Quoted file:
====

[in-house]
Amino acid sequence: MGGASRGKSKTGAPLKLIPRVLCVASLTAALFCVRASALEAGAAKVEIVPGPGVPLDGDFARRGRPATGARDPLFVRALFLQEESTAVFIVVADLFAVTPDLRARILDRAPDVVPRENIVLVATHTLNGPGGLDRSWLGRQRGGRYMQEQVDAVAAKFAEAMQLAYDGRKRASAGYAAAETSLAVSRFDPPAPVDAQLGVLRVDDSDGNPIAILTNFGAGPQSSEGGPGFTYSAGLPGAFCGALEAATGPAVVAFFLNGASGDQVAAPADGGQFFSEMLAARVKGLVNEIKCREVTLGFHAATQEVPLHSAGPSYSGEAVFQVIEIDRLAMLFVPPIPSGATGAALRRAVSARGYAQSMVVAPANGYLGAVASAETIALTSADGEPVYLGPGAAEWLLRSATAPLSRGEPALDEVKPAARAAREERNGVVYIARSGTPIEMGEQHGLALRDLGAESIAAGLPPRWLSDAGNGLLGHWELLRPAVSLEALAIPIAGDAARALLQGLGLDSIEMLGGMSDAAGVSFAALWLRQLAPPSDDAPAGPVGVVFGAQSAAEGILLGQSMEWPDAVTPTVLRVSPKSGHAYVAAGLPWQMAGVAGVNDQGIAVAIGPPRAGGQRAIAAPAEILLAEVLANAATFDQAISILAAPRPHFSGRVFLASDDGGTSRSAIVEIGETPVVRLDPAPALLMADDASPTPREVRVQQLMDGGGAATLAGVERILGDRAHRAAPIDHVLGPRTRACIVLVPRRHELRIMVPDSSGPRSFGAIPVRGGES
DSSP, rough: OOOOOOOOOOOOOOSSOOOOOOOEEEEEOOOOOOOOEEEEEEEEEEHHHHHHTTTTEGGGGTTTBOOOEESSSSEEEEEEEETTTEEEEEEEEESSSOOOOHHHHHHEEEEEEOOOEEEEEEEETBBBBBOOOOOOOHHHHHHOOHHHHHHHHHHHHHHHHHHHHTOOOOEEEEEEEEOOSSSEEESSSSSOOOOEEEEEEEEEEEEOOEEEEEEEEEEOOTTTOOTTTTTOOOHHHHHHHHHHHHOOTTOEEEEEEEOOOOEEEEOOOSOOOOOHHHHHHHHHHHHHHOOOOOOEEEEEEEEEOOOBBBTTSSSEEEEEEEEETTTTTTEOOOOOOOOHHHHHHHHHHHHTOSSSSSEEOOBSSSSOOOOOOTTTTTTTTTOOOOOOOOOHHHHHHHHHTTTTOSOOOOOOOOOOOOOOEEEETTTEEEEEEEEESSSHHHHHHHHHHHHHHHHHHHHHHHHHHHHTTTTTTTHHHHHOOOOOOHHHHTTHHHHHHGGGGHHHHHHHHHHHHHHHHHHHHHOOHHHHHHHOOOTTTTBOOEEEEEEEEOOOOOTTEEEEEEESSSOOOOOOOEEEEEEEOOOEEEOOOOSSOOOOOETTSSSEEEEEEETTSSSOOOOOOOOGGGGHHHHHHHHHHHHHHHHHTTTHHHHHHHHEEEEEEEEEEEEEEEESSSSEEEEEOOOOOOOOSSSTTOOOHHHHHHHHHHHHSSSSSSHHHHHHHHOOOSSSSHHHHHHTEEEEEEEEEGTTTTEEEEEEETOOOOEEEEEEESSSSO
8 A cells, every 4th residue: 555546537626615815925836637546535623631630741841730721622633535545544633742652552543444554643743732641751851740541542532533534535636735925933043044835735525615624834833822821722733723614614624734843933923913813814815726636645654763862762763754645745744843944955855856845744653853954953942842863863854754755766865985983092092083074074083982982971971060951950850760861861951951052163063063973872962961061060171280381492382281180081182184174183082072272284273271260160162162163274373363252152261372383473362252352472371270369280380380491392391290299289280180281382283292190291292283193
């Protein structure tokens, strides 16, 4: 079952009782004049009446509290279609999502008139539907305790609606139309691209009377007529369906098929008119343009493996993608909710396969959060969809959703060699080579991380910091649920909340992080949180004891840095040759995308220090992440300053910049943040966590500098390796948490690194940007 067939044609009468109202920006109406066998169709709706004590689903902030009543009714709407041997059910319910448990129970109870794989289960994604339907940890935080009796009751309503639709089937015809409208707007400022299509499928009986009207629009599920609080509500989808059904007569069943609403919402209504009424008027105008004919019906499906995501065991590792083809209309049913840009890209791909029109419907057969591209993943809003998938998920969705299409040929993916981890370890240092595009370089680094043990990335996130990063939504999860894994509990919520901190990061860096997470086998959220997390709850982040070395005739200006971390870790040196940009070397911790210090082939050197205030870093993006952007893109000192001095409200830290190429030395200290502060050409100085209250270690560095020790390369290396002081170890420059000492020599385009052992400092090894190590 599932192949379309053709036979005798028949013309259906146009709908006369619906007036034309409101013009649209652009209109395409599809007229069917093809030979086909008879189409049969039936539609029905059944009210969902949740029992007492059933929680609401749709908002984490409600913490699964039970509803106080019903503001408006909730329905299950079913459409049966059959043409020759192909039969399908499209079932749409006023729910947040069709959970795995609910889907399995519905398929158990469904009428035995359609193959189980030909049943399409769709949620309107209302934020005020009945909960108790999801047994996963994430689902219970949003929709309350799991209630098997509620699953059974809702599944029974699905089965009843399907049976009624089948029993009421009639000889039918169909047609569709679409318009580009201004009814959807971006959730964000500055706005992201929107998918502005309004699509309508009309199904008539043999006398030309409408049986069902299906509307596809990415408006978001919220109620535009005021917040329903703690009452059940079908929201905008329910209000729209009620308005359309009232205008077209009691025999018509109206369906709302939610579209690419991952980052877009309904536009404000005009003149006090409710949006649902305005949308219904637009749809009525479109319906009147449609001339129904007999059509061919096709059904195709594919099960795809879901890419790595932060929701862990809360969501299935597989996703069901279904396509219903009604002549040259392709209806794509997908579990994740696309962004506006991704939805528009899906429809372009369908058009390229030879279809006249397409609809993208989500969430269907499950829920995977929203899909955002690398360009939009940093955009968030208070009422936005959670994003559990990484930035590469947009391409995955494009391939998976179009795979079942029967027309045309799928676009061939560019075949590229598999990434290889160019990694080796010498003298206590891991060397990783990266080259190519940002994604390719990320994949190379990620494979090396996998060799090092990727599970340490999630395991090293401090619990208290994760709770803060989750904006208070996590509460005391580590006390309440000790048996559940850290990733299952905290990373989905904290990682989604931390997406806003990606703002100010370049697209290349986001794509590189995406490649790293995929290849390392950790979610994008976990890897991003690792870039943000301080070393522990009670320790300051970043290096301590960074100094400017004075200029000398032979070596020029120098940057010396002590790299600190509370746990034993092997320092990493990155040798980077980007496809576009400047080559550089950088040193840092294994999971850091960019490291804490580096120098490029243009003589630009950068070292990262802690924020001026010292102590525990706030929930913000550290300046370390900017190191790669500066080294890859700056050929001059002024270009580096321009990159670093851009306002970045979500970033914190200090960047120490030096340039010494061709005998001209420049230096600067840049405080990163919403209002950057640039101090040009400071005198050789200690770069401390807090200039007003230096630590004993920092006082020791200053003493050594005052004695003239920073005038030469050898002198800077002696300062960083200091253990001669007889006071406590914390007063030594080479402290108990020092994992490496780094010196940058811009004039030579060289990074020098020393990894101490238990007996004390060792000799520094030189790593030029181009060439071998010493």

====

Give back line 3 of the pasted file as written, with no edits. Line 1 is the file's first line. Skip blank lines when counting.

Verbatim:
DSSP, rough: OOOOOOOOOOOOOOSSOOOOOOOEEEEEOOOOOOOOEEEEEEEEEEHHHHHHTTTTEGGGGTTTBOOOEESSSSEEEEEEEETTTEEEEEEEEESSSOOOOHHHHHHEEEEEEOOOEEEEEEEETBBBBBOOOOOOOHHHHHHOOHHHHHHHHHHHHHHHHHHHHTOOOOEEEEEEEEOOSSSEEESSSSSOOOOEEEEEEEEEEEEOOEEEEEEEEEEOOTTTOOTTTTTOOOHHHHHHHHHHHHOOTTOEEEEEEEOOOOEEEEOOOSOOOOOHHHHHHHHHHHHHHOOOOOOEEEEEEEEEOOOBBBTTSSSEEEEEEEEETTTTTTEOOOOOOOOHHHHHHHHHHHHTOSSSSSEEOOBSSSSOOOOOOTTTTTTTTTOOOOOOOOOHHHHHHHHHTTTTOSOOOOOOOOOOOOOOEEEETTTEEEEEEEEESSSHHHHHHHHHHHHHHHHHHHHHHHHHHHHTTTTTTTHHHHHOOOOOOHHHHTTHHHHHHGGGGHHHHHHHHHHHHHHHHHHHHHOOHHHHHHHOOOTTTTBOOEEEEEEEEOOOOOTTEEEEEEESSSOOOOOOOEEEEEEEOOOEEEOOOOSSOOOOOETTSSSEEEEEEETTSSSOOOOOOOOGGGGHHHHHHHHHHHHHHHHHTTTHHHHHHHHEEEEEEEEEEEEEEEESSSSEEEEEOOOOOOOOSSSTTOOOHHHHHHHHHHHHSSSSSSHHHHHHHHOOOSSSSHHHHHHTEEEEEEEEEGTTTTEEEEEEETOOOOEEEEEEESSSSO